Higher-Density Development: Myth & Fact
The Urban Land Institute ("ULI") recently published "Higher-Density Development: Myth and Fact", in order to dispel the many myths surrounding higher-density development and to create a new understanding of density that goes beyond simplistic negative connotations that overestimate its impact and underestimate its value. Elected officials, concerned citizens, and community leaders can use this publication to support well-designed and well-planned density that creates great places and great communities that people love. With the anticipated population growth and continuing demographic and lifestyle changes, consensus is building that creating communities with a mix of densities, housing types, and uses will be both necessary and desirable.
"Higher-Density Development: Myth and Fact" is the sixth in a series of Urban Land Institute myth and fact booklets. The series is intended to clarify misconceptions surrounding growth and development. Other topics covered have included transportation, smart growth, urban infill housing, environment and development, and mixed-income housing.
Higher-Density Development: Myth and Fact examines widespread misconceptions related to higher-density development and seeks to dispel them with relevant facts and information. Although the benefits of higher-density development are often understated, so are the detrimental effects of low-density development. The advantages and drawbacks of higher-density development are compared throughout this publication with the alternative of low-density development. In the process, misconceptions regarding low-density development are also addressed.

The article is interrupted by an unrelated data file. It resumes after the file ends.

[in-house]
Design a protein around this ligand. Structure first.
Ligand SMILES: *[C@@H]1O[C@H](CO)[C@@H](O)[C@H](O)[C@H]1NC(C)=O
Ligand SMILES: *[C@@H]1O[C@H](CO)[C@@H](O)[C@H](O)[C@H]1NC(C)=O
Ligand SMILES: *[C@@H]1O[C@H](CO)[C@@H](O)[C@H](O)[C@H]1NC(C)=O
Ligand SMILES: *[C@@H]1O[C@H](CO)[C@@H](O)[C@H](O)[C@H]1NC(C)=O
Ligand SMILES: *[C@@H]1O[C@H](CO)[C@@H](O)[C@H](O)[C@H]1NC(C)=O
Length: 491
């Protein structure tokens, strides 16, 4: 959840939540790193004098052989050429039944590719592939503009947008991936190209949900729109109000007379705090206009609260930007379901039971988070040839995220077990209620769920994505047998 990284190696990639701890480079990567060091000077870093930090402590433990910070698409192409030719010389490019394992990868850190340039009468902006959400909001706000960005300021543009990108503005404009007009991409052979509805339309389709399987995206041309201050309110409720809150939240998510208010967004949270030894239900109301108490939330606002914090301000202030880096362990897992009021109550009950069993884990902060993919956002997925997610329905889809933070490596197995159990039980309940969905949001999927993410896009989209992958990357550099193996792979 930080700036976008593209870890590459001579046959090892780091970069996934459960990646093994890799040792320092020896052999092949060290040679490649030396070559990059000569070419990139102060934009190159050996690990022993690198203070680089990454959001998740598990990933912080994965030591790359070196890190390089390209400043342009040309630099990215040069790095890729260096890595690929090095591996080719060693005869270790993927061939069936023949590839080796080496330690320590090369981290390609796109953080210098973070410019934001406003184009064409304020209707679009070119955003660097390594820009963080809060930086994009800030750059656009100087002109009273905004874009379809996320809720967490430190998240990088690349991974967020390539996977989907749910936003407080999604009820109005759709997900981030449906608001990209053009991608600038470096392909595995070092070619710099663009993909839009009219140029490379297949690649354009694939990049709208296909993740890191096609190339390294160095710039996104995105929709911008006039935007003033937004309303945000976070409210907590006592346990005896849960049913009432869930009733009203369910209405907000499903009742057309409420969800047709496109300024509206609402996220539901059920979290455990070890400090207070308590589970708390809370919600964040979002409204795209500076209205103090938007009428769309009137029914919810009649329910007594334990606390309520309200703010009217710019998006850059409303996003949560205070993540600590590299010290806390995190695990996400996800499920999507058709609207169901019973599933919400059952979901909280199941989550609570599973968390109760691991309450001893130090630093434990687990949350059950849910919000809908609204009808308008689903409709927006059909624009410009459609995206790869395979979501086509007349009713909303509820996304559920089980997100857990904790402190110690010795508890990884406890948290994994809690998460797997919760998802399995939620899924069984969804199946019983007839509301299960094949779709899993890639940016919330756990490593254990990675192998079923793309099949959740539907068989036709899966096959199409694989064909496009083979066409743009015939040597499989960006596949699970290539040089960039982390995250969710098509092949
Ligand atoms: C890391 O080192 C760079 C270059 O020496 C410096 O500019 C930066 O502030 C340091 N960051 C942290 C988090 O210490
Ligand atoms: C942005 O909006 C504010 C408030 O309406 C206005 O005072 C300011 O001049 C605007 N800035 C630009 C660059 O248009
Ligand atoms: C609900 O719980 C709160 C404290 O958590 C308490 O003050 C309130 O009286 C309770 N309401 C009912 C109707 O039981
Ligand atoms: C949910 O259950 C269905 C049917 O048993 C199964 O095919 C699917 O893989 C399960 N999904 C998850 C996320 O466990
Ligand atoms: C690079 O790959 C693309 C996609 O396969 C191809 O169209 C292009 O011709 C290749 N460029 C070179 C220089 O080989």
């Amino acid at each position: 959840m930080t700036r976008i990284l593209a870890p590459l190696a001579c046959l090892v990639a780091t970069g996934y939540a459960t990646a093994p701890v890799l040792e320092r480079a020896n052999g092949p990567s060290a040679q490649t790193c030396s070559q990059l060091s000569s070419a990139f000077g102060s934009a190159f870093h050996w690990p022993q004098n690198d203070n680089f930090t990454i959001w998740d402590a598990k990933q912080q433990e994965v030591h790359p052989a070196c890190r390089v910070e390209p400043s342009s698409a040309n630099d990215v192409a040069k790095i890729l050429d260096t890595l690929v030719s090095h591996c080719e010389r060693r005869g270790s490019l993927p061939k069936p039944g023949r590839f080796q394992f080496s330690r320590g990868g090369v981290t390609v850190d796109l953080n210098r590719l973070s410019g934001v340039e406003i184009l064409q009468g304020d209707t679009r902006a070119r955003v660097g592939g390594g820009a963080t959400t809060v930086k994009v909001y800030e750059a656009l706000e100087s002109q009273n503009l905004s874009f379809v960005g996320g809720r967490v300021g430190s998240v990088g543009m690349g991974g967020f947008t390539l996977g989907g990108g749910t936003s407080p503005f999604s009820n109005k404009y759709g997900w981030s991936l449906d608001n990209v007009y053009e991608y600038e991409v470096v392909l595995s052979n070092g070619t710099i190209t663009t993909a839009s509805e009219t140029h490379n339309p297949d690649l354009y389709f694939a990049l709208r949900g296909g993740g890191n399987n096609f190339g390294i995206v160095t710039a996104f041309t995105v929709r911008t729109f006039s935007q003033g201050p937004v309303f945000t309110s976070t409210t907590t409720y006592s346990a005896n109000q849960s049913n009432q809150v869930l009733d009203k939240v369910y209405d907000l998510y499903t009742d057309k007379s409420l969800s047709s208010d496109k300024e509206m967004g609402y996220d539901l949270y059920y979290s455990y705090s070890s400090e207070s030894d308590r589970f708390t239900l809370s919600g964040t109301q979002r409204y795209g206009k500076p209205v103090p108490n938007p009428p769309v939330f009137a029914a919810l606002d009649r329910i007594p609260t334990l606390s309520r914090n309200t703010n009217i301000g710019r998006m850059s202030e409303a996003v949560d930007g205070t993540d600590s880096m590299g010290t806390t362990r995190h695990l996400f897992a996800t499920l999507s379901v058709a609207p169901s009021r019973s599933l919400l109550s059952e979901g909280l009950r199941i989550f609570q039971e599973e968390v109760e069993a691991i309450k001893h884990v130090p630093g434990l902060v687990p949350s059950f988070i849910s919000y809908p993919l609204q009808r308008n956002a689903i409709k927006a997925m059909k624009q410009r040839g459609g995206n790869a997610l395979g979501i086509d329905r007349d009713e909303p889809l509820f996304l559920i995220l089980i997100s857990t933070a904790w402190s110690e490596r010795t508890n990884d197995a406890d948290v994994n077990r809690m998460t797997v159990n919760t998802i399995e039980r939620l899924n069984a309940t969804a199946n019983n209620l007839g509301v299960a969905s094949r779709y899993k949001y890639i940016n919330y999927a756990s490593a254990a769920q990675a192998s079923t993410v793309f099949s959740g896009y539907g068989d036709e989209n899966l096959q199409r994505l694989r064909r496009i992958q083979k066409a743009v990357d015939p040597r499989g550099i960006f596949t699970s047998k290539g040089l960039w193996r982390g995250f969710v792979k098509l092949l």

Higher-Density development overburdens public schools and other public services and requires more infrastructure support systems.
The nature of who lives in higher-density housing --fewer families with children -- puts less demand on schools and other public services than low-density housing. Moreover, the compact nature of higher-density development requires less extensive infrastructure to support it.
Higher-density developments lower property values in surrounding areas.
No discernible difference exists in the appreciation rate of properties located near higher-density development and those that are not. Some research even shows that higher-density development can increase property values.
Higher-Density development creates more regional traffic congestion and parking problems than low-density development.
Higher-density development generates less traffic than low-density development per unit; it makes walking and public transit more feasible and create opportunities for shared parking.
Higher-density development leads to higher crime rates.
The crime rates at higher-density developments are not significantly different from those at lower-density developments.
Myth # 5
Higher-density development is environmentally more destructive than lower-density development.
Low-density development increases air and water pollution and destroys natural areas by paving and urbanizing greater swaths of land.
Higher-density development is unattractive and does not fit in a low-density community.
Attractive, well-designed, and well-maintained higher-density development attracts good residents and tenants and fits into existing communities.
No one in suburban areas want higher-density development.
Our population is changing and becoming increasingly diverse. Many of these households now prefer higher-density housing, even in suburban locations.
Higher-density development is only for lower-income households.
People of all income groups choose higher-density housing.